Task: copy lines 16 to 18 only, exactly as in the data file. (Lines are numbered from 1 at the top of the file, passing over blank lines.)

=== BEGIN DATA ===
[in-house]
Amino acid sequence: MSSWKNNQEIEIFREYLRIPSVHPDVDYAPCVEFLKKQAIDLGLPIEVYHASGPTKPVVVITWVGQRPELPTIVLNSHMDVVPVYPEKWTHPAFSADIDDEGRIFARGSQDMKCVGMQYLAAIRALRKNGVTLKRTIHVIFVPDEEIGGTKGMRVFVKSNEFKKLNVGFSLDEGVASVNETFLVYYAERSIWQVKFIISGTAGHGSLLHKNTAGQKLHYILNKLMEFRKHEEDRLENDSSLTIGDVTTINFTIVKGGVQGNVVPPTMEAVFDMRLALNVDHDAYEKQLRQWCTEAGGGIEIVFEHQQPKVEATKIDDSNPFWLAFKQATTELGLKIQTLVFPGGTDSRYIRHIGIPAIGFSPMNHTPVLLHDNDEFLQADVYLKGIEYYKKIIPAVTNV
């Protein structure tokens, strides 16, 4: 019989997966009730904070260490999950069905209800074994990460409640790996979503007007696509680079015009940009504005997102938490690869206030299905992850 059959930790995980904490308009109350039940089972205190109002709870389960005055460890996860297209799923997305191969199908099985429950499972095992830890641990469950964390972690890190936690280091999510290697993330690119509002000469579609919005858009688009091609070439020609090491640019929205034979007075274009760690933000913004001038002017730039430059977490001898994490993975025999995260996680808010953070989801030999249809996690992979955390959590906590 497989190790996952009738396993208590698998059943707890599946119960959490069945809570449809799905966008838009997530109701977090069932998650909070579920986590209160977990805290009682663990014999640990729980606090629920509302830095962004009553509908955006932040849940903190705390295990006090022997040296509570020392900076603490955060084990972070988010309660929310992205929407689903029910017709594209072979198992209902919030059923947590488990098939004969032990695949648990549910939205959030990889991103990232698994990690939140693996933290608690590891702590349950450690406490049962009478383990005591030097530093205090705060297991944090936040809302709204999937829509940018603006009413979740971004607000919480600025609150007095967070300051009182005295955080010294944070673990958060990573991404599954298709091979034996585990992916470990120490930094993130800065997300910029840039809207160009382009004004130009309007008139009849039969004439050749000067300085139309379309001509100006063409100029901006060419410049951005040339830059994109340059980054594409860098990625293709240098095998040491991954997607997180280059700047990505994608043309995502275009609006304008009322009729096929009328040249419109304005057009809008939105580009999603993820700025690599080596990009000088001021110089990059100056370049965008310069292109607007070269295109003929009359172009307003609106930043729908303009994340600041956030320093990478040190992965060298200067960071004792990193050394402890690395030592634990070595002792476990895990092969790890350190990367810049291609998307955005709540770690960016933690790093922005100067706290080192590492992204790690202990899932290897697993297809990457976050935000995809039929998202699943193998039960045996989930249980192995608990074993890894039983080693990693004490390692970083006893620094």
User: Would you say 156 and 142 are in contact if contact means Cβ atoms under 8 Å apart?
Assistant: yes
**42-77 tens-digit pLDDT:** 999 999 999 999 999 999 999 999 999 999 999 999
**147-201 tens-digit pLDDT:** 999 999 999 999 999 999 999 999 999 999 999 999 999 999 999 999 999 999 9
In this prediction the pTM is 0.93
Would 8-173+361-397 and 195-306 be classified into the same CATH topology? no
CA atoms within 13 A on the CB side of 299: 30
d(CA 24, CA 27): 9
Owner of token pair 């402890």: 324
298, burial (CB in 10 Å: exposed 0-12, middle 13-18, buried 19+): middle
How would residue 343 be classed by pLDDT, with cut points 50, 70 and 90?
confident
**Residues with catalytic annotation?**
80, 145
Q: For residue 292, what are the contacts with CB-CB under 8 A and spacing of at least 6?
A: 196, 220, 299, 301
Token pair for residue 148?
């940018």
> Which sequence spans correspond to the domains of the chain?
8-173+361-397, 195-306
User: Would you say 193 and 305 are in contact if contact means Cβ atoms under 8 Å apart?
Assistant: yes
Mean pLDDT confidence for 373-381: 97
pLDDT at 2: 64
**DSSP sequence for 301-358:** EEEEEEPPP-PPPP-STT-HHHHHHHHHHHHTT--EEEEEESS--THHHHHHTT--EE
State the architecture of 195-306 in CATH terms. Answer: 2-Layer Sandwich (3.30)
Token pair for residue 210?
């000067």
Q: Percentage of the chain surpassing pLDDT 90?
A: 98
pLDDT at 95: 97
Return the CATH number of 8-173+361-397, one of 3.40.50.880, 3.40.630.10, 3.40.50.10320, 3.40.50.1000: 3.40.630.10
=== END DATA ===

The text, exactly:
**Residues with catalytic annotation?**
80, 145
Q: For residue 292, what are the contacts with CB-CB under 8 A and spacing of at least 6?